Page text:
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Organizers Rally Support For Chicago's Olympic Bid

Beijing Olympic decathlon gold medalist Bryan Clay talks to students during a World Sport Chicago sports camp in Chicago in April, when members of Chicago 2016 met with the International Olympic Committee Evaluation Commission.
M. Spencer Green
Beijing Olympic decathlon gold medalist Bryan Clay talks to students during a World Sport Chicago sports camp in Chicago in April, when members of Chicago 2016 met with the International Olympic Committee Evaluation Commission.

Organizers of Chicago's bid to host the 2016 Summer Olympics have spent more than a month traveling to neighborhoods to explain the city's plan and drum up support.

Chicago is one of four finalists — and the only U.S. city — vying for the hosting gig. The International Olympic Committee will select the winner in less than two months.

Selling The Games' Benefits

On a recent day, Lori Healey, president of Chicago's 2016 Committee, and other officials answered questions and presented details about the city's Olympic plan to residents of the 49th ward on Chicago's far North Side.

The 49th ward will not be a site for any of Chicago's planned Olympic venues, but on this day, the neighborhood library is packed with residents.

"You all know we're competing against three world-class cities: Madrid; Rio de Janeiro, Brazil; and Tokyo," Healey tells the crowd.

Much of the talk centers on the economic benefits Chicago can expect if it wins the bid. "Other cities that have hosted the games have seen a sevenfold increase in international tourism," she says.

As an example, she points to Atlanta — the last city in the U.S. to host a Summer Olympics, back in 1996. The presentation includes a clip from current Atlanta Mayor Shirley Franklin, who says the games increased Atlanta's international visibility and its employment.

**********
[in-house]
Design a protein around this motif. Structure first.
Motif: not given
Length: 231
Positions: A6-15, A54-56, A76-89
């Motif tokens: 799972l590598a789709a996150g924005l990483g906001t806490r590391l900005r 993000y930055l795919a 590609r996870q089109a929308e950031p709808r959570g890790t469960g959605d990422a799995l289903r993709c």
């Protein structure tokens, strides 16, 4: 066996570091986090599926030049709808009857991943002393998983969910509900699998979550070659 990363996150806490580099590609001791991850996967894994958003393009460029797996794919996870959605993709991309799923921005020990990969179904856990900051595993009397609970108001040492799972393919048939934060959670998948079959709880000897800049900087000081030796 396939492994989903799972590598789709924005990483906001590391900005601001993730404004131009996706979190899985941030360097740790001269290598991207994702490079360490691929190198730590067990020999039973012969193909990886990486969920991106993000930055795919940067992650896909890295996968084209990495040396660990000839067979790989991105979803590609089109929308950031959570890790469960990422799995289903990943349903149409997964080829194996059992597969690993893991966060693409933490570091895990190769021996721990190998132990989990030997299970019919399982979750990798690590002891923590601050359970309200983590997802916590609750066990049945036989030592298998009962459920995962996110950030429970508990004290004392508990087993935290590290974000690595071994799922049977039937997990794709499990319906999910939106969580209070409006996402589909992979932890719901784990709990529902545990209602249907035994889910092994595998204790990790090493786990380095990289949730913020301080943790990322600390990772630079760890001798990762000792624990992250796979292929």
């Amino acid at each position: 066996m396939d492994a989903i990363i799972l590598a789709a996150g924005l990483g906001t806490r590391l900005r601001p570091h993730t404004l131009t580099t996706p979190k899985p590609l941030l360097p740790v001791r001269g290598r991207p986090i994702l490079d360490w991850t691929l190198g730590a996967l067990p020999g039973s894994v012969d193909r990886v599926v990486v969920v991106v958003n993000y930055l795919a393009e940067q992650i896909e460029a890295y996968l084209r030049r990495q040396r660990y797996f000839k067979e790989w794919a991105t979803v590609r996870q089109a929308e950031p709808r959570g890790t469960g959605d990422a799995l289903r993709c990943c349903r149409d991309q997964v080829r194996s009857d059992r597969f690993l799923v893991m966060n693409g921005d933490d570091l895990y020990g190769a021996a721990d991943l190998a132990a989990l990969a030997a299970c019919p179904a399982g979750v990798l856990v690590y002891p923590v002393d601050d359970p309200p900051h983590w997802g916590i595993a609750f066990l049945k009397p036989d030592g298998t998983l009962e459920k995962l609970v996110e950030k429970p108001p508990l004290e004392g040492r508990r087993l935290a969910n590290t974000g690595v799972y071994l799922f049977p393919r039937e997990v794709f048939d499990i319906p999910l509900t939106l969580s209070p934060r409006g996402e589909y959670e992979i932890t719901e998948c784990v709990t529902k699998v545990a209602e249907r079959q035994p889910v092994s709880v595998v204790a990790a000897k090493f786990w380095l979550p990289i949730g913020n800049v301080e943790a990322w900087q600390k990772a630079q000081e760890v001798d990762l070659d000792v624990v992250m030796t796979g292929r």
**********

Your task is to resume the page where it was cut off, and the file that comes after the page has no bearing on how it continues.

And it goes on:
"People got educations," Franklin says in the clip. "Educational institutions got stronger, and people got jobs and they expanded their businesses. There is no lose."

And then there's the clip from the supporter who is probably Chicago's most formidable weapon in this contest over the Olympics: President Obama.

"Bringing Olympics to Chicago will be a capstone in the success that we've had in the last couple of decades in transforming Chicago, not only into a great American city, but into a great world city," he says.

Questioning The Wisdom Of A Bid

One of the big differences between Chicago's Olympic bid and the Olympic bids of its competitors is that the governments of Madrid, Rio De Janeiro and Tokyo have promised to back billions of dollars in Olympic costs. Chicago and the state of Illinois have offered a contingency guarantee of less than $1 billion.

The 2016 Committee says Chicago's bid will be covered by private funds and is a no-risk opportunity. Even so, there has been strong opposition from critics who say taxpayers could end up being liable.

During the presentation at the 49th Ward library, resident Seth Mayer from Rogers Park introduces himself before offering this observation on Franklin's taped comments. "First of all, I don't find the Atlanta mayor's comments particularly convincing, because you would expect that someone who decided to get the Olympics would say it's a good idea. I'm more curious about what community members have to say after the fact," he says to applause.

Another resident, Mike Faymus, tells 2016 member Arnold Randall that instead of focusing on the Olympics, the city should be paying attention to other issues — like improving Chicago's public transit system. "I think a lot of the objection is that the money is being whisked away from what we feel like should be in our city," he says.

Randall responds that the money being spent is not public money, but Faymus says, "We don't believe that."

An Unusual And Risky Strategy

That's not to say there aren't supporters of the games in Chicago. There are plenty, and public support is an important factor in the IOC's decision-making process. Ed Hula, editor of — a Web site that covers the Olympic Games — says that is what makes Chicago's efforts to drum up support through community meetings both unusual and risky.

"You never know what kind of opposition to the bid might develop from this," he says. "But at the same time, you're building public confidence in the right way. Don't try to confuse and bamboozle people — I think they will generally go along with the plans."

The committee will wrap up its Olympic bid community meetings at the end of the month.

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